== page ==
After Atlanta Killings, America Grapples With Misogyny and Racism

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People bring flowers to the memorial site set up outside of The Gold Spa on March 19, 2021 in Atlanta, Ga. (Megan Varner/Getty Images)

The murders of eight people in and around Atlanta last week have left Americans reeling from yet another mass killing. In an essay she penned for Vanity Fair, author R.O. Kwon wrote, “I am not spending any more of my limited time alive defending the humanity of marginalized people... This long, hard week, I have felt especially pulled toward the company of fellow Asian women.” The murders have many people questioning not only how women and Asian Americans are regarded in America, but also why so much of the focus has been on the shooter and not the victims. We examine the intersection of misogyny and racism and the aftermath of the shootings. We'll also hear an update on the Boulder, Colo. mass shooting at a grocery store on March 22.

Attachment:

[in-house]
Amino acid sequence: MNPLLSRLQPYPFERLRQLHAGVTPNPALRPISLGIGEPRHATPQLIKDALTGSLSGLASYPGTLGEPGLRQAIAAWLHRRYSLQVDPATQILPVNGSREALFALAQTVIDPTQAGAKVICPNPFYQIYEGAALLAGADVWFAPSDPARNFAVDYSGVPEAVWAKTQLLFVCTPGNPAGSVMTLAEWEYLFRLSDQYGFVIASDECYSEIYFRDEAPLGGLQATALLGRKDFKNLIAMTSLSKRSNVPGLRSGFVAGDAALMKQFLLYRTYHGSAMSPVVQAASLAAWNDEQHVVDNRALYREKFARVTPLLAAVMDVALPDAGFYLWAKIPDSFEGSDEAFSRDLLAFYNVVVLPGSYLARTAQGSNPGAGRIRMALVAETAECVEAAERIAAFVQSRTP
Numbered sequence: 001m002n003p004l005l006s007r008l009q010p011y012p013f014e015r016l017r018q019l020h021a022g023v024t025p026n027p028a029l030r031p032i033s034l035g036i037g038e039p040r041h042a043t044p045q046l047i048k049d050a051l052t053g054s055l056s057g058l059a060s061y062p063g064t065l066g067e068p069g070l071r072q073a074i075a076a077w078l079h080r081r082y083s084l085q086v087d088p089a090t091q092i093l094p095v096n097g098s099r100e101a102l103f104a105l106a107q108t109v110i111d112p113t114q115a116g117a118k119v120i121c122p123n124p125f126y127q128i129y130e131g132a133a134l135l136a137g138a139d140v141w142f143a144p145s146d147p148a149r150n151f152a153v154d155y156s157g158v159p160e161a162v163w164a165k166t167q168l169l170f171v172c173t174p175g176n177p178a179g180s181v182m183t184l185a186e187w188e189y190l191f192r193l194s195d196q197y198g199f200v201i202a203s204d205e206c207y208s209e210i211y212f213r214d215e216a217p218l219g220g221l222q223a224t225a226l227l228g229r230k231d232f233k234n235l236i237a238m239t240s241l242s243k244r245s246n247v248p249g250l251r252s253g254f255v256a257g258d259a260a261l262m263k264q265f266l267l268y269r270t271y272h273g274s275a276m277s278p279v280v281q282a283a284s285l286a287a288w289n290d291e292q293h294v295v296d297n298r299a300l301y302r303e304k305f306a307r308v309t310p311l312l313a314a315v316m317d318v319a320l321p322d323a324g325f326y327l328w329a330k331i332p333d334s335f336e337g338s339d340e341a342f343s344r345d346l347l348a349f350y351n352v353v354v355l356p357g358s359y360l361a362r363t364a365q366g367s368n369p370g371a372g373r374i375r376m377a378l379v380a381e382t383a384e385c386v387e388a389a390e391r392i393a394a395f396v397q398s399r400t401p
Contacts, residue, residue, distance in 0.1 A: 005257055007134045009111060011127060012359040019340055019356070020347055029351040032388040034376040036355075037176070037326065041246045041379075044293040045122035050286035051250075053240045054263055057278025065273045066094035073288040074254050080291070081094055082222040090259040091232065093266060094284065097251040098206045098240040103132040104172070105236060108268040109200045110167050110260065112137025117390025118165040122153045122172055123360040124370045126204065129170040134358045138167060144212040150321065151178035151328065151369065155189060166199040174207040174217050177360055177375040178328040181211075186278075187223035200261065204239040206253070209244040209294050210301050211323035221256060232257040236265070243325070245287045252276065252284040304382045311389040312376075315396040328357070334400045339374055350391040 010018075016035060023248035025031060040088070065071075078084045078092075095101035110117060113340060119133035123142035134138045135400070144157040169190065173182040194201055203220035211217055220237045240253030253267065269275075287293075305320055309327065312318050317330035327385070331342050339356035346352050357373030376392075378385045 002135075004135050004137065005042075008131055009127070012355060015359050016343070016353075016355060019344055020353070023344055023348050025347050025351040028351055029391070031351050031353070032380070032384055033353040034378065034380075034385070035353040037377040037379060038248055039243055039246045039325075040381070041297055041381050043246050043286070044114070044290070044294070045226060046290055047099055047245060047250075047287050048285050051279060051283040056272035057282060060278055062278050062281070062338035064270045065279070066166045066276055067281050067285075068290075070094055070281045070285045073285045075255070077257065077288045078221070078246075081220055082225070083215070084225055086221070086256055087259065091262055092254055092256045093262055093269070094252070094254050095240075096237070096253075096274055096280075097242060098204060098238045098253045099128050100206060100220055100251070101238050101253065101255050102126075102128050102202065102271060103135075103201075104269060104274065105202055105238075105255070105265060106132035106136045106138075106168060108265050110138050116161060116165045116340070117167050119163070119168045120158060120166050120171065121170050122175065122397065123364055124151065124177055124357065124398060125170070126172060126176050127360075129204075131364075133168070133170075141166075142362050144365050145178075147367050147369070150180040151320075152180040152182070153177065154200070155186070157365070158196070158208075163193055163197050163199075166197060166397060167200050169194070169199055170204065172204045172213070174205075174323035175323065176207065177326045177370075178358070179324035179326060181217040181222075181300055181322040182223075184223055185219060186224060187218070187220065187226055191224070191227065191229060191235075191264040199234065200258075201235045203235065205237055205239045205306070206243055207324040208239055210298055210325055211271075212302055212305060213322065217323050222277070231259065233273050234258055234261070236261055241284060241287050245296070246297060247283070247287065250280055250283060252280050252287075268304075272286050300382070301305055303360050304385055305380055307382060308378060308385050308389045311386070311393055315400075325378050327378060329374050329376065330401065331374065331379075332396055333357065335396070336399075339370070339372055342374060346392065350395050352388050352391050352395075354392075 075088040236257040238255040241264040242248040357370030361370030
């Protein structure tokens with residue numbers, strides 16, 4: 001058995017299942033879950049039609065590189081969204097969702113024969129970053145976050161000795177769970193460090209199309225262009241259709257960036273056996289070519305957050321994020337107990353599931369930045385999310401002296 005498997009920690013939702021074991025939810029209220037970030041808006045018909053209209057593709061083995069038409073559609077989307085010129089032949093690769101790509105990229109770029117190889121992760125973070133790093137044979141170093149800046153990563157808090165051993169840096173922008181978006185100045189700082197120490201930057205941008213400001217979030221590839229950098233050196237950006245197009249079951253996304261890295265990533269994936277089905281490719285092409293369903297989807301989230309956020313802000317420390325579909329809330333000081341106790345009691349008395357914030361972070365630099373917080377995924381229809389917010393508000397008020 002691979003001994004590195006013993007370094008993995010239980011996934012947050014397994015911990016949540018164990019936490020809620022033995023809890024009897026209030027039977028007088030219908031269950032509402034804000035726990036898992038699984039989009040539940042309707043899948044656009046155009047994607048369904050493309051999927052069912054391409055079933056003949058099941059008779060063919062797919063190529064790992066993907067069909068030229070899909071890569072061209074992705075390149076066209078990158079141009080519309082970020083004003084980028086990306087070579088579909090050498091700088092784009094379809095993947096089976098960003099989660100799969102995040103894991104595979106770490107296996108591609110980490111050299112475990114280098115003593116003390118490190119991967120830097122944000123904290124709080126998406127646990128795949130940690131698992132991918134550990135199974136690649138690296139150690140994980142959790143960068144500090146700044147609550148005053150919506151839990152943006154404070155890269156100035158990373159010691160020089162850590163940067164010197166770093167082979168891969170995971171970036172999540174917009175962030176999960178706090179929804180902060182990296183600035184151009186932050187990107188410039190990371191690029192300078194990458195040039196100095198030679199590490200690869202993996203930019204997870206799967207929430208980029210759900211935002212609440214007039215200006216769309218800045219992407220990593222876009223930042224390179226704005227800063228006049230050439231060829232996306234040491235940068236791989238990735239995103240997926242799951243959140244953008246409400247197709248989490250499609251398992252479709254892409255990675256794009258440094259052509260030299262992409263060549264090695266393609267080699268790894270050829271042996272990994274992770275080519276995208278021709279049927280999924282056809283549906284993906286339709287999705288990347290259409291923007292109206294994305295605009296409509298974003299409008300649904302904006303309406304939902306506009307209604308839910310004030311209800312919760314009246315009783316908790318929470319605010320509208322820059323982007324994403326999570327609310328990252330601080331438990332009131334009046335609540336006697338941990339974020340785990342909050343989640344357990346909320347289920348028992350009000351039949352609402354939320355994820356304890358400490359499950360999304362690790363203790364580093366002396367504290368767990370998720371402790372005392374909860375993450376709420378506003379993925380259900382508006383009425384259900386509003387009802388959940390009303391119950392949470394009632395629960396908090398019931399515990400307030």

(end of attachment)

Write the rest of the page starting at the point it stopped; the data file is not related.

R.O. Kwon, author of the novel "The Incendiaries," co-editor of the anthology "KINK: Stories," and the Vanity Fair article, "A Letter to My Fellow Asian Women Whose Hearts Are Still Breaking"

Emil Moffatt, reporter, WABE, NPR affiliate station in Atlanta

Natalia Navarro, reporter, Colorado Public Radio